All modern scanners use some sort of fluidic cooling to minimize heating. This is generally accomplished by circulating de-ionized water or an ethylene glycol solution from a heat exchange pump ("chiller") located in the adjacent magnet equipment room. The water flows through tubes, jackets, or channels in close relation to the gradient coils as shown in the illustration above. Some scanners also include forced air cooling around the gradients.
In addition to heating of the gradients themselves, appreciable warmth also comes from eddy current heating of the radiofrequency (RF)-shield. The RF-shield is the closest metallic structure to the patient -- a grid located superficial to the RF-coil and immediately beneath the inner plastic wall of the scanner bore. Care must be taken to keep large patients from touching the inner walls of the scanner as rarely burns have occurred when the patient's body becomes part of an eddy current loop.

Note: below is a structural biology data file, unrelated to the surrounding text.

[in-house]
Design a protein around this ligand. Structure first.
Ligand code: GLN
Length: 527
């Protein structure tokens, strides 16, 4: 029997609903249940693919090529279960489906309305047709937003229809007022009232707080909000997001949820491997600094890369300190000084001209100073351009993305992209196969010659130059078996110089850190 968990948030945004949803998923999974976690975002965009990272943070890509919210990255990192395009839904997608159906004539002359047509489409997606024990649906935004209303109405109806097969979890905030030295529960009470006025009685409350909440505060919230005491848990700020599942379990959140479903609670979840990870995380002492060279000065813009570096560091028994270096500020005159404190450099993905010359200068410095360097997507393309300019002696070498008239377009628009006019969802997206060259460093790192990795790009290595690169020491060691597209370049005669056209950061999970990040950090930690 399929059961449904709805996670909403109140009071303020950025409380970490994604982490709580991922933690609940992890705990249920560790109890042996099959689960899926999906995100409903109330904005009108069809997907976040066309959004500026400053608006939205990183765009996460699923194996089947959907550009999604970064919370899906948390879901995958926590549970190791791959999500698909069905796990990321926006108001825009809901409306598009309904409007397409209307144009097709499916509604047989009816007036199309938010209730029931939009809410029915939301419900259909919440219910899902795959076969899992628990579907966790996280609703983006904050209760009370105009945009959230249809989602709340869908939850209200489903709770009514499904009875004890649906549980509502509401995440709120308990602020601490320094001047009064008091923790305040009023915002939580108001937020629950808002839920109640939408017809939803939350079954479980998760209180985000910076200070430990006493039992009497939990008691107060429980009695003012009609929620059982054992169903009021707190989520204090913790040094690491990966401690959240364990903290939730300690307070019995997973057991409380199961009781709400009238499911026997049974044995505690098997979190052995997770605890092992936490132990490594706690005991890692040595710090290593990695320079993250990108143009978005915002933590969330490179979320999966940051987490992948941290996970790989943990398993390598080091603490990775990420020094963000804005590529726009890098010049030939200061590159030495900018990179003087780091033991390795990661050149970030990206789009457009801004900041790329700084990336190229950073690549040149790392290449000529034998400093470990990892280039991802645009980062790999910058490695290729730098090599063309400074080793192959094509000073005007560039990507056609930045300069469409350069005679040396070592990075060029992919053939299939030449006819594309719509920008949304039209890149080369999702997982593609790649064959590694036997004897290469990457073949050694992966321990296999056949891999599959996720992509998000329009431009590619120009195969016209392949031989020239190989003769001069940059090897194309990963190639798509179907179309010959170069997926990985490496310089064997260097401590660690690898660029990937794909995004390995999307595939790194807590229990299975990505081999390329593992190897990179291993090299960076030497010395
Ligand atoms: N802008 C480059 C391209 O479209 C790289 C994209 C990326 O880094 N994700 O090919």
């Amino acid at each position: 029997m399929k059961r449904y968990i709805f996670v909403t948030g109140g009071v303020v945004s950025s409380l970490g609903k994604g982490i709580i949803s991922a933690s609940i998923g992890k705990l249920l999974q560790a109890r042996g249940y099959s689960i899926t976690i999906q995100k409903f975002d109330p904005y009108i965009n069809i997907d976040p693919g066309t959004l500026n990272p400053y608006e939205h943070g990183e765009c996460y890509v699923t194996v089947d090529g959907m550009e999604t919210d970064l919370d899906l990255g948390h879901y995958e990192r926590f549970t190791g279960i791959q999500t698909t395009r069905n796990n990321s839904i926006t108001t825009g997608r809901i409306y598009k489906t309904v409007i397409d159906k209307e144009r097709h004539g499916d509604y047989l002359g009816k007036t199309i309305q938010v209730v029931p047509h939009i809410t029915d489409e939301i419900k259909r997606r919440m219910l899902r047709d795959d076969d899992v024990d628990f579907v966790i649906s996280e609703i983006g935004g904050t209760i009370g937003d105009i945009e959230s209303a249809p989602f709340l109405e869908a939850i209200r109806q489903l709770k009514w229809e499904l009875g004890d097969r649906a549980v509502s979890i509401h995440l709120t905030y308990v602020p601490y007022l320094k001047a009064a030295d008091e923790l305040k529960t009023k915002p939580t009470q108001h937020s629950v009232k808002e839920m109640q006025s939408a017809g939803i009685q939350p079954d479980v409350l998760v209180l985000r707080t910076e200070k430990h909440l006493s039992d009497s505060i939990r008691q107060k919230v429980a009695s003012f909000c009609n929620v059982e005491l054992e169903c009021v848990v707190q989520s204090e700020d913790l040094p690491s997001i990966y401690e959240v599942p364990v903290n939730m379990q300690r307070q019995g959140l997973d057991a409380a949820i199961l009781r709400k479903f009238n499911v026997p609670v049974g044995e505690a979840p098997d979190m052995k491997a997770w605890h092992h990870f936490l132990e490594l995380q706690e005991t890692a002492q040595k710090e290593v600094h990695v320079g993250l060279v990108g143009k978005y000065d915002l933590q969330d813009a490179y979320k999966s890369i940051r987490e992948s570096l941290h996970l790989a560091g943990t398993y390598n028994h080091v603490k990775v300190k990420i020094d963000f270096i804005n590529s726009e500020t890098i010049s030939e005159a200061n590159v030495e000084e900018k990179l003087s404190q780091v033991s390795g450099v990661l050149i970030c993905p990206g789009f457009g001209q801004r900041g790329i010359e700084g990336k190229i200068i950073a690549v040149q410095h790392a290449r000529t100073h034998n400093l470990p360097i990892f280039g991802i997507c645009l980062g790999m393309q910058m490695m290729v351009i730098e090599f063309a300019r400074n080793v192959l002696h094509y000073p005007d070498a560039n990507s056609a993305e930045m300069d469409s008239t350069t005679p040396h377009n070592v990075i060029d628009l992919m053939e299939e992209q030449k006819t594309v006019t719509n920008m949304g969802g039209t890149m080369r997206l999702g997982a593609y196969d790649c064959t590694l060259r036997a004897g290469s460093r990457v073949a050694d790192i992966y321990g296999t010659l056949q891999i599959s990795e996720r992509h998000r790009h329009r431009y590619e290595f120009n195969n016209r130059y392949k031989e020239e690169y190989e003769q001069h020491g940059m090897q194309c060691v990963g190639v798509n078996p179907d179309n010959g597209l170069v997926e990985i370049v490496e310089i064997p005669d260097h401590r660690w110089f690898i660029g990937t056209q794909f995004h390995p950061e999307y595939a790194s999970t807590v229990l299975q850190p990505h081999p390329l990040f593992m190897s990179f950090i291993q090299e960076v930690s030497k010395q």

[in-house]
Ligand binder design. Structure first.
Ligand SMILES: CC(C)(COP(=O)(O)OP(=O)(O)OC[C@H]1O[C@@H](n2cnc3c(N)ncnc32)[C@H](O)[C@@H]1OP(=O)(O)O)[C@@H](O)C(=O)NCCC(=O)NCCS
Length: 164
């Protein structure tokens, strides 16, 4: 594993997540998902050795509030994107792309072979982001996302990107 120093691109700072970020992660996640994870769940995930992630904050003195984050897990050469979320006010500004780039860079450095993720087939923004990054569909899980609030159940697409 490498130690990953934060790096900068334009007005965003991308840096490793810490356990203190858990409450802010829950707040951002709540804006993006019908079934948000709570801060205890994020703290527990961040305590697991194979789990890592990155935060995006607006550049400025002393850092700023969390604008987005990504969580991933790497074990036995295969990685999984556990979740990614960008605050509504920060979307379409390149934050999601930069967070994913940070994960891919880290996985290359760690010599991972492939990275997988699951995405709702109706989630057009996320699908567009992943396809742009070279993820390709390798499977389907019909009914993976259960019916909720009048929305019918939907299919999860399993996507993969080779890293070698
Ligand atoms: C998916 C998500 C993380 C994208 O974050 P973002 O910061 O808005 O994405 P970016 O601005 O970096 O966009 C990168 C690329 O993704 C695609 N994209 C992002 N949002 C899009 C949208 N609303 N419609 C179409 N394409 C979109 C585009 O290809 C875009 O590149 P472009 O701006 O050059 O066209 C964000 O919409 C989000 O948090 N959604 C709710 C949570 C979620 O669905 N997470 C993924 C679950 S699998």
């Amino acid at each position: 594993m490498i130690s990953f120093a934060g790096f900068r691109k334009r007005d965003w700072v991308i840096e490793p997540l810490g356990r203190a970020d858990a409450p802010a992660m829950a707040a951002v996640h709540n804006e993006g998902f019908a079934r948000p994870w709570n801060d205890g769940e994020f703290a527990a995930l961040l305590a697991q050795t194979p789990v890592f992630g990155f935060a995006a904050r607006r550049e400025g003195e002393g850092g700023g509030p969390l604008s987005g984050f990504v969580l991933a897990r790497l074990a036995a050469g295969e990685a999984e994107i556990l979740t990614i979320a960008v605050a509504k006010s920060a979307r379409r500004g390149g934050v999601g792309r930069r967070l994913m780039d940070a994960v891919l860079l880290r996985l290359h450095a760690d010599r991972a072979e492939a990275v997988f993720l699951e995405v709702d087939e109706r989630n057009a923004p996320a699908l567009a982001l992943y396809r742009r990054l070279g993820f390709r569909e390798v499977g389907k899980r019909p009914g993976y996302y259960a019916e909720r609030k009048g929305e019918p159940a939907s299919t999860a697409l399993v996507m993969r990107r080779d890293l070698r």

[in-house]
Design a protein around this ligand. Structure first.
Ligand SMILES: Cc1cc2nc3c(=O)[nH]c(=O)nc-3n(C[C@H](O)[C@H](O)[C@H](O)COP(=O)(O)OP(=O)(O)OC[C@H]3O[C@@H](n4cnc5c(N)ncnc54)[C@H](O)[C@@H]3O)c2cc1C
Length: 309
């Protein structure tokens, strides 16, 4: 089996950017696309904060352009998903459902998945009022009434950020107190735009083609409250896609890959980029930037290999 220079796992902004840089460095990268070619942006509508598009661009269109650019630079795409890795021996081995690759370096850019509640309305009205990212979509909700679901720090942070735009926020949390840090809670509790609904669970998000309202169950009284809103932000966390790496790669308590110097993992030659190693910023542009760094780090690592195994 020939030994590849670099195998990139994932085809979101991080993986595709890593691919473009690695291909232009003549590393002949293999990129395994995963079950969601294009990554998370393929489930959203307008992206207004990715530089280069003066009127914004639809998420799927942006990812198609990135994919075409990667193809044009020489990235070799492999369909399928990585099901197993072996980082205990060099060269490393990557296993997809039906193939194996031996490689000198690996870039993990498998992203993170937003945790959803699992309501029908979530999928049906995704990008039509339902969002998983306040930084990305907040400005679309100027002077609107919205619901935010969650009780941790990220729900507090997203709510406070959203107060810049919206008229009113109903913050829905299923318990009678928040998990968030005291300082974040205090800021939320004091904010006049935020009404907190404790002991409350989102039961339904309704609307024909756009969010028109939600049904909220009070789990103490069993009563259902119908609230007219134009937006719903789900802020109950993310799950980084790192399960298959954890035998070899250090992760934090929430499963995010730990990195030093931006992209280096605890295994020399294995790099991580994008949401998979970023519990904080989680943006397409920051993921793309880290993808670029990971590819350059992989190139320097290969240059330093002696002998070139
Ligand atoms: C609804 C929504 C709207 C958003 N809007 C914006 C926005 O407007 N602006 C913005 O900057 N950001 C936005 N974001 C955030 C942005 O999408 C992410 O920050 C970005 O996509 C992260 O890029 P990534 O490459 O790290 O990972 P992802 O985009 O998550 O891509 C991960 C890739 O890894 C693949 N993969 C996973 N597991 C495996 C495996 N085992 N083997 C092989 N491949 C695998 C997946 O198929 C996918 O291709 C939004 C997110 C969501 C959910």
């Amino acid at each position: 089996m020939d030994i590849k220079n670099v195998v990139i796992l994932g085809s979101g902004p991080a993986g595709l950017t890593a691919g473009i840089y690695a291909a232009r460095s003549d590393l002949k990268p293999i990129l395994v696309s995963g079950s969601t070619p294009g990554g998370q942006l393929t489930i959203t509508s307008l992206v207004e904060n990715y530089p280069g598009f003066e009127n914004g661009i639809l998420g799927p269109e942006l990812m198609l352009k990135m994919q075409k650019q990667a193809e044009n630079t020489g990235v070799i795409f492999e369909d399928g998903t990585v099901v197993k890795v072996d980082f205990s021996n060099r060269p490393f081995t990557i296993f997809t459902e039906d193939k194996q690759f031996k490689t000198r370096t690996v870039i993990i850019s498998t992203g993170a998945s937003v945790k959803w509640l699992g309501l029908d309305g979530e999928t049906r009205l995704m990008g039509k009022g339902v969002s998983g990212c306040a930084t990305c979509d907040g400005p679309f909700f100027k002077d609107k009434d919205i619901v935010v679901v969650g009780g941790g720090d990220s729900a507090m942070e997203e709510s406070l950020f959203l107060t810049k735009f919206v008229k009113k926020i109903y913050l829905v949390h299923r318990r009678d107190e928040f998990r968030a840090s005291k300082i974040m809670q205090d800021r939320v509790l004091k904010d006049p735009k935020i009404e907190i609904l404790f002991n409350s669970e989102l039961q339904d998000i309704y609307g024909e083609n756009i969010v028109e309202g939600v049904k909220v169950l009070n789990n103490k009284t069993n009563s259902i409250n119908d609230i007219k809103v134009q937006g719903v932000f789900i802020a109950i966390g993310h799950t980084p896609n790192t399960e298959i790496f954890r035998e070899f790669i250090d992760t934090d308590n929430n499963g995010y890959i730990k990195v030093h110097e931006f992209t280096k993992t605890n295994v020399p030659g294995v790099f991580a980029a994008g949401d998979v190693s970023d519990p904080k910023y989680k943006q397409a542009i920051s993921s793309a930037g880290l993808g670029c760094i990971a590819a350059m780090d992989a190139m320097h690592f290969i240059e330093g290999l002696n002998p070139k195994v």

Advanced Discussion (show/hide)»
With wider bores and stronger gradients (80 mT/m with slew rates of 200T/m/s), thermal capabilities have been pushed to the limits. Cooling systems must be able to remove at least 40 kW of heat from the gradients, meaning chiller flow rates may exceed 30 L/min at over 100 psi. One innovative strategy adopted by GE in its SuperG gradients is to utilize hollow conductors allowing water to flow both in and around the windings.
Doty FD. MRI gradient coil optimization. In: Blumler P, Blumich B, Botto R, Fukushima E (eds), Spatially Resolved Magnetic Resonance. Wiley; 1998, pp 647-674.
Hidalgo-Tabon SS. Theory of gradient coil design methods for magnetic resonance imaging. Concepts Mag Res Part A 2001; 36A:223-242.